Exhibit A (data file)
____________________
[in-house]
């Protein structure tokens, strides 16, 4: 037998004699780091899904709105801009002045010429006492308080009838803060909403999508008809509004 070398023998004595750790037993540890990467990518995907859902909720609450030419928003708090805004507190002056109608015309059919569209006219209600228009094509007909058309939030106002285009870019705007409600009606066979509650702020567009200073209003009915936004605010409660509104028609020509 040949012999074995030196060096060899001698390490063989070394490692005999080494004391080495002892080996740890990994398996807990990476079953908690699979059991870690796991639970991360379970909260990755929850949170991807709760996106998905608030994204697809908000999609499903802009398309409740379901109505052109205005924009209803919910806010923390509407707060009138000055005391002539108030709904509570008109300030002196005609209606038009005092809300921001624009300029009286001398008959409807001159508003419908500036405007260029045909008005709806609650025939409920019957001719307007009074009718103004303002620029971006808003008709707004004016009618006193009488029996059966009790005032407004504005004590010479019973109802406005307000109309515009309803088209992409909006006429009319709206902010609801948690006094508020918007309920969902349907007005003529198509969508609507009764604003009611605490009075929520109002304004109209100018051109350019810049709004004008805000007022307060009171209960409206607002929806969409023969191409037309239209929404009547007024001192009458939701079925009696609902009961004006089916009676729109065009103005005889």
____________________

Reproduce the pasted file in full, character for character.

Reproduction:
[in-house]
């Protein structure tokens, strides 16, 4: 037998004699780091899904709105801009002045010429006492308080009838803060909403999508008809509004 070398023998004595750790037993540890990467990518995907859902909720609450030419928003708090805004507190002056109608015309059919569209006219209600228009094509007909058309939030106002285009870019705007409600009606066979509650702020567009200073209003009915936004605010409660509104028609020509 040949012999074995030196060096060899001698390490063989070394490692005999080494004391080495002892080996740890990994398996807990990476079953908690699979059991870690796991639970991360379970909260990755929850949170991807709760996106998905608030994204697809908000999609499903802009398309409740379901109505052109205005924009209803919910806010923390509407707060009138000055005391002539108030709904509570008109300030002196005609209606038009005092809300921001624009300029009286001398008959409807001159508003419908500036405007260029045909008005709806609650025939409920019957001719307007009074009718103004303002620029971006808003008709707004004016009618006193009488029996059966009790005032407004504005004590010479019973109802406005307000109309515009309803088209992409909006006429009319709206902010609801948690006094508020918007309920969902349907007005003529198509969508609507009764604003009611605490009075929520109002304004109209100018051109350019810049709004004008805000007022307060009171209960409206607002929806969409023969191409037309239209929404009547007024001192009458939701079925009696609902009961004006089916009676729109065009103005005889």